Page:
Autumnal equinox edition

While taking a break from blogging this summer, i’ve been working my way through the chapters of Turning Signs, checking and inserting links, rephrasing or rewriting a bit here and there, updating some factual details and so on. This has taken me though 2/3 of the chapters now, so i’m calling this version TS 2.3 (downloadable from here). It’s come a long way from the original (2015) version.

I caught Covid two weeks ago, and the symptoms are still very much with me, so i don’t have much else to say at this point, even if i had the energy to say it. Covid seems to be at least a temporary cure for the disease of ambition. On the longer and less personal time scale, no global cure is in sight for the disease of vaulting human ambition to dominate and consume the planet. Maybe some local ecosystems and communities will learn something from the hyperactive history of the Anthropocene. Whether Turning Signs could make some minute contribution to that learning, i really don’t know, but it’s all i have to offer.

Easter edition

Turning Signs 2.2.2 is now ready for download. I call it the Easter edition because I’ve just finished revisiting/revising Chapter 4, which only contains a little of the traditional Easter story, but leads up to the resurrection of the body. And the TStudy circle is meeting tomorrow morning to spring into that chapter. May all readers flourish.

Guided from within: Chapter 3.1

The weekly TStudy circle is moving on to Chapter 3, so this coming Saturday morning we’ll be conversing about the first three to five sections of it. Once again i’ve made a few tweaks to the text, mostly for the sake of clarity, so even if you’ve read it before you may need to read it again. If questions or comments occur to you while reading, feel free to share them in a comment on this post.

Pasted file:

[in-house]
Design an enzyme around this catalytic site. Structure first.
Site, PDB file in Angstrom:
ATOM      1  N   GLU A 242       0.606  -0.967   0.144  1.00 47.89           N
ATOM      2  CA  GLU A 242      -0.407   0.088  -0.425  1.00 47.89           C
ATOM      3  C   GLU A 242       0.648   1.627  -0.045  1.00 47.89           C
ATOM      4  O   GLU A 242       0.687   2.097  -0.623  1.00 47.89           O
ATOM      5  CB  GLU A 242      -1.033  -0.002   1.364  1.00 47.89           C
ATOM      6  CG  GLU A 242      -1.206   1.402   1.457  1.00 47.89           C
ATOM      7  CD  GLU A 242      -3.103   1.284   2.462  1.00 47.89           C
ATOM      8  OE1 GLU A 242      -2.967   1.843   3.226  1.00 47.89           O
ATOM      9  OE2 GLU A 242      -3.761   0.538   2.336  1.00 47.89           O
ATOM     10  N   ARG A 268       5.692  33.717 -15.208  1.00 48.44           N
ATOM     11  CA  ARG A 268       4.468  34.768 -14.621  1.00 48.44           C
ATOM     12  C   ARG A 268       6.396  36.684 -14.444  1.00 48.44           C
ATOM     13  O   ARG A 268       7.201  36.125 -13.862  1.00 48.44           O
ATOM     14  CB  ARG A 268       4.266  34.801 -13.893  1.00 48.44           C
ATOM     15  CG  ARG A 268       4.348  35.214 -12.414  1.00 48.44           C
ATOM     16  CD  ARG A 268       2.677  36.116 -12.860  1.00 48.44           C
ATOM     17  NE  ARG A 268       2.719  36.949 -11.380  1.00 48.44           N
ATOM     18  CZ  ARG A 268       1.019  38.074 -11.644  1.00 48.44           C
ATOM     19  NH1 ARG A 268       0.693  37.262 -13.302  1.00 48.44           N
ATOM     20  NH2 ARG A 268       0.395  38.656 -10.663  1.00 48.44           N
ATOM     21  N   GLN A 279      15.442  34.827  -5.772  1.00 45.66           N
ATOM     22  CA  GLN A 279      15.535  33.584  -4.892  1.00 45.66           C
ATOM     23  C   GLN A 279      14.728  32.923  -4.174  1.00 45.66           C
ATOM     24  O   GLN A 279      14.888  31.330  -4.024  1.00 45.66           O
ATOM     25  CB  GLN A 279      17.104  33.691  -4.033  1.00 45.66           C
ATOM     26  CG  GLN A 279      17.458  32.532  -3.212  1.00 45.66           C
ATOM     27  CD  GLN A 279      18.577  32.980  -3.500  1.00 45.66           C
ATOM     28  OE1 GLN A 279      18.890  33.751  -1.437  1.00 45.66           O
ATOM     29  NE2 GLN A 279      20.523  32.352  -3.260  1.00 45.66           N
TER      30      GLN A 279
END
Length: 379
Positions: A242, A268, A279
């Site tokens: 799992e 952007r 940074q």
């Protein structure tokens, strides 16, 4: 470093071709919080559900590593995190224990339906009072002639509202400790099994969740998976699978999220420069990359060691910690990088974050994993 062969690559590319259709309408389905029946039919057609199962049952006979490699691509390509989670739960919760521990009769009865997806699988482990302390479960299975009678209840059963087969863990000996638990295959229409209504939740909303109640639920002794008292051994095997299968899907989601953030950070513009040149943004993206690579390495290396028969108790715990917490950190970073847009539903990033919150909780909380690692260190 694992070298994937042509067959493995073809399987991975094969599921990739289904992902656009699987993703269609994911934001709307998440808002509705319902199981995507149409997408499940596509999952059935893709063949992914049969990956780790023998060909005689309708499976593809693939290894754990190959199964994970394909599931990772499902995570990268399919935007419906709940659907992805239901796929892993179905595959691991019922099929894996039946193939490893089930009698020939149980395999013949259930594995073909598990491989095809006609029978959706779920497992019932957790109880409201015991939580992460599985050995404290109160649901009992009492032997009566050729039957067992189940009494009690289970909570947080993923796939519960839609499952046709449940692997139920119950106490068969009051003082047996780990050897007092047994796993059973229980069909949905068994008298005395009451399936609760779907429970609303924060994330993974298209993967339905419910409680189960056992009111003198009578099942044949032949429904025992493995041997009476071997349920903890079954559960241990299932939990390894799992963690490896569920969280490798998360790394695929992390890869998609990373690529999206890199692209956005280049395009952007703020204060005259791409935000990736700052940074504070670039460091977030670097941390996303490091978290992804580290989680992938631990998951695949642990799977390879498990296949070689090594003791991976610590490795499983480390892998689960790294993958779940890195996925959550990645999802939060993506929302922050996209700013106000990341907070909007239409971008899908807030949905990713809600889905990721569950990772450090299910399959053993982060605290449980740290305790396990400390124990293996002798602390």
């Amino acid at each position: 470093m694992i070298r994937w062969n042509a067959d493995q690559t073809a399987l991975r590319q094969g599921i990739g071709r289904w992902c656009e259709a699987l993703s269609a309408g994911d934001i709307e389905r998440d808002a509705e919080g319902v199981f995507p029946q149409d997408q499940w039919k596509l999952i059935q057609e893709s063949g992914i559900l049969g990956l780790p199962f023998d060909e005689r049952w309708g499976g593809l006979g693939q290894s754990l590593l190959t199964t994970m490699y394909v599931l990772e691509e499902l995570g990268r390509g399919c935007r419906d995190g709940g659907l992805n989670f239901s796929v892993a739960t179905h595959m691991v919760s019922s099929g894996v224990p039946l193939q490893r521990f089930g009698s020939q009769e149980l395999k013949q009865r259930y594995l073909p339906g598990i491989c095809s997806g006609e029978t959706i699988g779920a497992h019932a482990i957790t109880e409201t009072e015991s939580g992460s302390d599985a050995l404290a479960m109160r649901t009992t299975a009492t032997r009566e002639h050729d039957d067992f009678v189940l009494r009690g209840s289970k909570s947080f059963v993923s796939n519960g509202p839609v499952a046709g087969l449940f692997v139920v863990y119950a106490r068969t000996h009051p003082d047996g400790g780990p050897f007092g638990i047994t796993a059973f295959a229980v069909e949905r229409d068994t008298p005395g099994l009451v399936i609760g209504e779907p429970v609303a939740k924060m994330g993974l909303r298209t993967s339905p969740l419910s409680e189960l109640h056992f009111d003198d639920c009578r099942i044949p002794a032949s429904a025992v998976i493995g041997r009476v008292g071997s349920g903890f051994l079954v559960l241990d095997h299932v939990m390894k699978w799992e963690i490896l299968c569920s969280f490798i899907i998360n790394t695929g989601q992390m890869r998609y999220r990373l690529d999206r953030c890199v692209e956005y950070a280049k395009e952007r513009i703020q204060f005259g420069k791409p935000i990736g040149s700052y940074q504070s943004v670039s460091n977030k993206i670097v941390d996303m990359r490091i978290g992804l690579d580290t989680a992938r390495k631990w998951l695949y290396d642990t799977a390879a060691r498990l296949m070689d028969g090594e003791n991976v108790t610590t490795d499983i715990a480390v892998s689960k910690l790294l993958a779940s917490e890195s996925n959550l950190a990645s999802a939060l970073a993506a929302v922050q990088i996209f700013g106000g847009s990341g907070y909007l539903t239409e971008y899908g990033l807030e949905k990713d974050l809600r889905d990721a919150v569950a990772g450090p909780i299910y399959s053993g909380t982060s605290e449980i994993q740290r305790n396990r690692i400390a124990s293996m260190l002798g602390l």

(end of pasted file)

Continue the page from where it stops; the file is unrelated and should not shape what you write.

Announcing: study circles

Welcome to 2023, all. Much of my past year has gone into a complete overhaul of the reverse side of Turning Signs, culminating in the publication of TS 2.2, which is now online. After a few years of focusing mainly on the transition, and trying to make sense of this time of our lives, i’d like to dig deeper into some of the basic patterns of sense-making and choice-making that have evolved on this planet.

This is what Turning Signs is about – especially the patterns that we don’t usually pay attention to, because they are as familiar as the air we breathe, and therefore unnoticed. But after 22 years of gathering information and inspiration from a wide range of sciences, arts and worldviews, and sharing the results online, i’m hoping to engage in some live conversations with other people who can bring their own ideas to the dialogue, using the book to focus the discussion.

So i’m starting a study circle which will meet periodically (mostly via Zoom) so that small groups of us can exchange views on the basic concepts developed in Turning Signs. It’s all explained on a new page of this blog, which contains a link to my email so you can let me know if you’re interested.

The opening session will be Saturday morning, January 7, at 10:30, and will introduce a special kind of meditation that has emerged from Turning Signs. I’ll be using this blog to notify subscribers of upcoming study circle sessions, so you might want to subscribe even if you’re not ready to join the circle this week.

Community Connections part 4

The Great Work now, as we move into a new millennium, is to carry out the transition from a period of human devastation of the Earth to a period when humans would be present to the planet in a mutually beneficial manner.

Thomas Berry (1999, p.3)

This series of blog posts has been mostly about humans connecting with other humans. But Turning Signs (both the book and the blog) has an equally important focus on connecting with planet Earth (biosphere, lithosphere, atmosphere and all). Instead of repeating anything i’ve already said here, i’d like to direct you to an article just published in Yes! Magazine, “An Indigenous Perspective on Reconnecting With the Land” by Chevaun Toulouse of Sagamok First Nation, which is just across the North Channel from where i live on Manitoulin Island. That should be a good way to wrap up this series on community connections.

Ministry for the Future

Dear subscribers, i sent this invitation to our local (Manitoulin Island) email group this morning, and decided to include you as well.

I’d like to invite you to a new book club for readers of Kim Stanley Robinson’s novel The Ministry for the Future. It’s set in the immediate future on planet Earth, and the fictional situation is very much like what’s going on around us now.